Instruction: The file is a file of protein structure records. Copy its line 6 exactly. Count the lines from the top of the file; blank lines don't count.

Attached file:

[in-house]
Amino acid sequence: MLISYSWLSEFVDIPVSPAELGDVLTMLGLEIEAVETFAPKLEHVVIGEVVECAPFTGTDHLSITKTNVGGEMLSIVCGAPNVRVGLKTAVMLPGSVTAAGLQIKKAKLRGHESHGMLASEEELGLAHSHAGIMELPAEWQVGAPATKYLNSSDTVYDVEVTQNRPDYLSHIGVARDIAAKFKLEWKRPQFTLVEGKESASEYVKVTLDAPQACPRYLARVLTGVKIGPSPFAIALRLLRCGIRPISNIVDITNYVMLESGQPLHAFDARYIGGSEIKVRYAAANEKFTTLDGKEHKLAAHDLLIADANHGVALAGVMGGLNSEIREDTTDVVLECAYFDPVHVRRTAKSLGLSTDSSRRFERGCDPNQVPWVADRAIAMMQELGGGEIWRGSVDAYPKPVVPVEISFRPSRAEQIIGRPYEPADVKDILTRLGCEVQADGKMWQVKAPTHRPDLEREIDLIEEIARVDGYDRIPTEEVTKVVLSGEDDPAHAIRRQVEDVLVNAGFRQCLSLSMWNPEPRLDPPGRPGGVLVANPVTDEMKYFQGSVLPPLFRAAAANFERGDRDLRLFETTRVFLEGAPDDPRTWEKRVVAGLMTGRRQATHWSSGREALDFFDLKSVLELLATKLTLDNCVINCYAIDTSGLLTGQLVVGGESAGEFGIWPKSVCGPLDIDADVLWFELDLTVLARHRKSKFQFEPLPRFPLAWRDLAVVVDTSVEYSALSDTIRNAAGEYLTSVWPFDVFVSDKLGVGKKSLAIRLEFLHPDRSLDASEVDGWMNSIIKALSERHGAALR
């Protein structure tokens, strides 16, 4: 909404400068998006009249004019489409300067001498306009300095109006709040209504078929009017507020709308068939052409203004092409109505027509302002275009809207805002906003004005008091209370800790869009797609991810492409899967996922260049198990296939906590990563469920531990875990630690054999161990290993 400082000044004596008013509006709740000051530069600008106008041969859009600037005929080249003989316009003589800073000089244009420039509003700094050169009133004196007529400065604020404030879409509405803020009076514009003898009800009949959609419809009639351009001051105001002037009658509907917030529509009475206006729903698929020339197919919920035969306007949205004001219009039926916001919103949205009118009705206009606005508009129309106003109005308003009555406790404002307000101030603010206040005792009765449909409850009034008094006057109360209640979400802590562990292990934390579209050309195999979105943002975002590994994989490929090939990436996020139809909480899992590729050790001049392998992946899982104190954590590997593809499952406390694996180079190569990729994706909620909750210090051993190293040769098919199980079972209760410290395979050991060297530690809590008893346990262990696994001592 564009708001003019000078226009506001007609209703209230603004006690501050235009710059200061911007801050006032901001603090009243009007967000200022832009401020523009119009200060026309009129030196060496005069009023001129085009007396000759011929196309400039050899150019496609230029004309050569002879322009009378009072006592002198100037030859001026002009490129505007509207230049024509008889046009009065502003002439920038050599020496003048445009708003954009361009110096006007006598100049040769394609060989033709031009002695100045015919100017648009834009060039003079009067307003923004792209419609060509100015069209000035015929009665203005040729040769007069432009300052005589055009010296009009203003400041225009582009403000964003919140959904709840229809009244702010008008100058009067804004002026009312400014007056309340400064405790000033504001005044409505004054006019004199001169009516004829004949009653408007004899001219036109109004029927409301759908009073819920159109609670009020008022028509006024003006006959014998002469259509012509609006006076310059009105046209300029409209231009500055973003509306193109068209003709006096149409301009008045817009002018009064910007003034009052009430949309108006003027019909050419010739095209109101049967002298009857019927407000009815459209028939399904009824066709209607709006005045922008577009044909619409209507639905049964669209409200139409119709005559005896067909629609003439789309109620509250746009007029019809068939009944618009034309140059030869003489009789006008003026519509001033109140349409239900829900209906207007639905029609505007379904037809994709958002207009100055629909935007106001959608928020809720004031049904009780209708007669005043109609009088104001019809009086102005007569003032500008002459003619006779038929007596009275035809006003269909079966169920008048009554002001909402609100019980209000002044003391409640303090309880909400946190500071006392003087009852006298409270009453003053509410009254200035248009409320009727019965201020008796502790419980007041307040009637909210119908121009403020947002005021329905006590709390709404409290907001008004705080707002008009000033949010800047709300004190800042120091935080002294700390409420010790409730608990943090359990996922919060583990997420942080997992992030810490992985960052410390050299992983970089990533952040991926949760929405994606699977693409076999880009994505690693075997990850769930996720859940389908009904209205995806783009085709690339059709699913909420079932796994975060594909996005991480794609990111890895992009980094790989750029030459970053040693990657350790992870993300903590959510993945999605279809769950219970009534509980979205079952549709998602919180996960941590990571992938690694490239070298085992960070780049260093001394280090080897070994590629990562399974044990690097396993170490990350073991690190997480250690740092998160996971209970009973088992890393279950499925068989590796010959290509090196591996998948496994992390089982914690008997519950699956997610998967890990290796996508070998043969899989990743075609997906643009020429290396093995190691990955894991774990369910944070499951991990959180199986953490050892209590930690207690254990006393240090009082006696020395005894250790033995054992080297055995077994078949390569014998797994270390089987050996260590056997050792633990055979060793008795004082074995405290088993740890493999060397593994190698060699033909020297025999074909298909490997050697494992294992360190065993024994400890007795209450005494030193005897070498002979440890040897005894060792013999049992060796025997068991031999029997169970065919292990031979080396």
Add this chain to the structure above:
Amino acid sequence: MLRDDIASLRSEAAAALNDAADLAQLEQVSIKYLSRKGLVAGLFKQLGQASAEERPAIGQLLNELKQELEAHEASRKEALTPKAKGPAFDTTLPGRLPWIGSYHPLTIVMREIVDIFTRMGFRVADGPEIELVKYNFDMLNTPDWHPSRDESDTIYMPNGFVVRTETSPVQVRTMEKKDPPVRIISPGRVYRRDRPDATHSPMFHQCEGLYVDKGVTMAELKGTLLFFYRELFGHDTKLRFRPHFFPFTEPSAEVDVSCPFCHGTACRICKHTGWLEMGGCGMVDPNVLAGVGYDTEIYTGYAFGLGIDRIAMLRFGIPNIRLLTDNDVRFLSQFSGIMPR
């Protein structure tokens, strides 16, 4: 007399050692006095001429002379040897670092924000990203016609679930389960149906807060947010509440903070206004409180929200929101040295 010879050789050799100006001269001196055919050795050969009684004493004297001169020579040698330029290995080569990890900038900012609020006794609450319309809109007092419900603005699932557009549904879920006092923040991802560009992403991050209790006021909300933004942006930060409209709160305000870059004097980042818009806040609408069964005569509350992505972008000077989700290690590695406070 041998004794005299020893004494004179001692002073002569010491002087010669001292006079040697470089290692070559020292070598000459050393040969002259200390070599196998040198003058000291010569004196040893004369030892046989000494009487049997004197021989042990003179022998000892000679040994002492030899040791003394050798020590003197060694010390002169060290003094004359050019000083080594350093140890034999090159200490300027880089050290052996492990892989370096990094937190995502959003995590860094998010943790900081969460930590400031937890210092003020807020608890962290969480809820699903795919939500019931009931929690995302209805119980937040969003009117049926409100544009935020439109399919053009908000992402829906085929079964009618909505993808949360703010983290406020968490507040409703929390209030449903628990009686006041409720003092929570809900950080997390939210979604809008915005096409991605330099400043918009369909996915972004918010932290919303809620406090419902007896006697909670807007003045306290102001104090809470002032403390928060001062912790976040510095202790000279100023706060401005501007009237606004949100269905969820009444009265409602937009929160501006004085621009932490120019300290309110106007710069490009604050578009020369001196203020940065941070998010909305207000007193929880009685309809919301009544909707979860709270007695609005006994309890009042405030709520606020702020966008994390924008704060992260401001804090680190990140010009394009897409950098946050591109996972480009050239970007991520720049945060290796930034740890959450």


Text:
């Protein structure tokens, strides 16, 4: 007399050692006095001429002379040897670092924000990203016609679930389960149906807060947010509440903070206004409180929200929101040295 010879050789050799100006001269001196055919050795050969009684004493004297001169020579040698330029290995080569990890900038900012609020006794609450319309809109007092419900603005699932557009549904879920006092923040991802560009992403991050209790006021909300933004942006930060409209709160305000870059004097980042818009806040609408069964005569509350992505972008000077989700290690590695406070 041998004794005299020893004494004179001692002073002569010491002087010669001292006079040697470089290692070559020292070598000459050393040969002259200390070599196998040198003058000291010569004196040893004369030892046989000494009487049997004197021989042990003179022998000892000679040994002492030899040791003394050798020590003197060694010390002169060290003094004359050019000083080594350093140890034999090159200490300027880089050290052996492990892989370096990094937190995502959003995590860094998010943790900081969460930590400031937890210092003020807020608890962290969480809820699903795919939500019931009931929690995302209805119980937040969003009117049926409100544009935020439109399919053009908000992402829906085929079964009618909505993808949360703010983290406020968490507040409703929390209030449903628990009686006041409720003092929570809900950080997390939210979604809008915005096409991605330099400043918009369909996915972004918010932290919303809620406090419902007896006697909670807007003045306290102001104090809470002032403390928060001062912790976040510095202790000279100023706060401005501007009237606004949100269905969820009444009265409602937009929160501006004085621009932490120019300290309110106007710069490009604050578009020369001196203020940065941070998010909305207000007193929880009685309809919301009544909707979860709270007695609005006994309890009042405030709520606020702020966008994390924008704060992260401001804090680190990140010009394009897409950098946050591109996972480009050239970007991520720049945060290796930034740890959450």